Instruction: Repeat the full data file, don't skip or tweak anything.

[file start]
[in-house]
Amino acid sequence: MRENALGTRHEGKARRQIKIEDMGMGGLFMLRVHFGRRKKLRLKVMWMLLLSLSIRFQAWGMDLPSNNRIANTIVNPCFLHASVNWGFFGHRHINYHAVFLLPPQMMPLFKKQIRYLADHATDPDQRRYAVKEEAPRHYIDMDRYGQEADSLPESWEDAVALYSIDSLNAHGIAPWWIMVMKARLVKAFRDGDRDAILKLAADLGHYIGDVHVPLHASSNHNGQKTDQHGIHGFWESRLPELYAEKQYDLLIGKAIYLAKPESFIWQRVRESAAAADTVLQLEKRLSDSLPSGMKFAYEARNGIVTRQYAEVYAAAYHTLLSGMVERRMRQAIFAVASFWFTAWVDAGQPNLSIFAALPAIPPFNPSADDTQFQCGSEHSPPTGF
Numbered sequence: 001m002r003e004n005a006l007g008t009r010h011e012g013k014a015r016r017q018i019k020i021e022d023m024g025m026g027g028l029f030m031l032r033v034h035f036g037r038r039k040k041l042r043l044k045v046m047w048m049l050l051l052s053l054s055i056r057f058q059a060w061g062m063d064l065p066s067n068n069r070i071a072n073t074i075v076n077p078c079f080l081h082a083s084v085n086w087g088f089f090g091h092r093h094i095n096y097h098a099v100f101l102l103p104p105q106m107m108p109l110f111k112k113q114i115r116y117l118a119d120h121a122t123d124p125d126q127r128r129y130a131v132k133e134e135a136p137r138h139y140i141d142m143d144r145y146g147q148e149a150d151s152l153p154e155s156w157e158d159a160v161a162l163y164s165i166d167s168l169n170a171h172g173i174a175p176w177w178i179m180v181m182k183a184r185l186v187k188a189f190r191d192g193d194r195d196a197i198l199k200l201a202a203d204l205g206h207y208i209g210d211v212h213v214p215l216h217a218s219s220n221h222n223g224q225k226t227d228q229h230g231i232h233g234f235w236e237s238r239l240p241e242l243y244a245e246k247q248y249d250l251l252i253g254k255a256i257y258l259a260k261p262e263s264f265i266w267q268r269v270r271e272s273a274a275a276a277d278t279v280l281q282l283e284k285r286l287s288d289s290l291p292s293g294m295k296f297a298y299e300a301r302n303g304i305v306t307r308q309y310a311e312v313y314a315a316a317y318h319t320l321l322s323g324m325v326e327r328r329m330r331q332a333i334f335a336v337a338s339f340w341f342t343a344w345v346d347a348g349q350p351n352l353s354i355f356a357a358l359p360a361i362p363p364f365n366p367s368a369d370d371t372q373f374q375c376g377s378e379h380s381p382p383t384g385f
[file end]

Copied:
[in-house]
Amino acid sequence: MRENALGTRHEGKARRQIKIEDMGMGGLFMLRVHFGRRKKLRLKVMWMLLLSLSIRFQAWGMDLPSNNRIANTIVNPCFLHASVNWGFFGHRHINYHAVFLLPPQMMPLFKKQIRYLADHATDPDQRRYAVKEEAPRHYIDMDRYGQEADSLPESWEDAVALYSIDSLNAHGIAPWWIMVMKARLVKAFRDGDRDAILKLAADLGHYIGDVHVPLHASSNHNGQKTDQHGIHGFWESRLPELYAEKQYDLLIGKAIYLAKPESFIWQRVRESAAAADTVLQLEKRLSDSLPSGMKFAYEARNGIVTRQYAEVYAAAYHTLLSGMVERRMRQAIFAVASFWFTAWVDAGQPNLSIFAALPAIPPFNPSADDTQFQCGSEHSPPTGF
Numbered sequence: 001m002r003e004n005a006l007g008t009r010h011e012g013k014a015r016r017q018i019k020i021e022d023m024g025m026g027g028l029f030m031l032r033v034h035f036g037r038r039k040k041l042r043l044k045v046m047w048m049l050l051l052s053l054s055i056r057f058q059a060w061g062m063d064l065p066s067n068n069r070i071a072n073t074i075v076n077p078c079f080l081h082a083s084v085n086w087g088f089f090g091h092r093h094i095n096y097h098a099v100f101l102l103p104p105q106m107m108p109l110f111k112k113q114i115r116y117l118a119d120h121a122t123d124p125d126q127r128r129y130a131v132k133e134e135a136p137r138h139y140i141d142m143d144r145y146g147q148e149a150d151s152l153p154e155s156w157e158d159a160v161a162l163y164s165i166d167s168l169n170a171h172g173i174a175p176w177w178i179m180v181m182k183a184r185l186v187k188a189f190r191d192g193d194r195d196a197i198l199k200l201a202a203d204l205g206h207y208i209g210d211v212h213v214p215l216h217a218s219s220n221h222n223g224q225k226t227d228q229h230g231i232h233g234f235w236e237s238r239l240p241e242l243y244a245e246k247q248y249d250l251l252i253g254k255a256i257y258l259a260k261p262e263s264f265i266w267q268r269v270r271e272s273a274a275a276a277d278t279v280l281q282l283e284k285r286l287s288d289s290l291p292s293g294m295k296f297a298y299e300a301r302n303g304i305v306t307r308q309y310a311e312v313y314a315a316a317y318h319t320l321l322s323g324m325v326e327r328r329m330r331q332a333i334f335a336v337a338s339f340w341f342t343a344w345v346d347a348g349q350p351n352l353s354i355f356a357a358l359p360a361i362p363p364f365n366p367s368a369d370d371t372q373f374q375c376g377s378e379h380s381p382p383t384g385f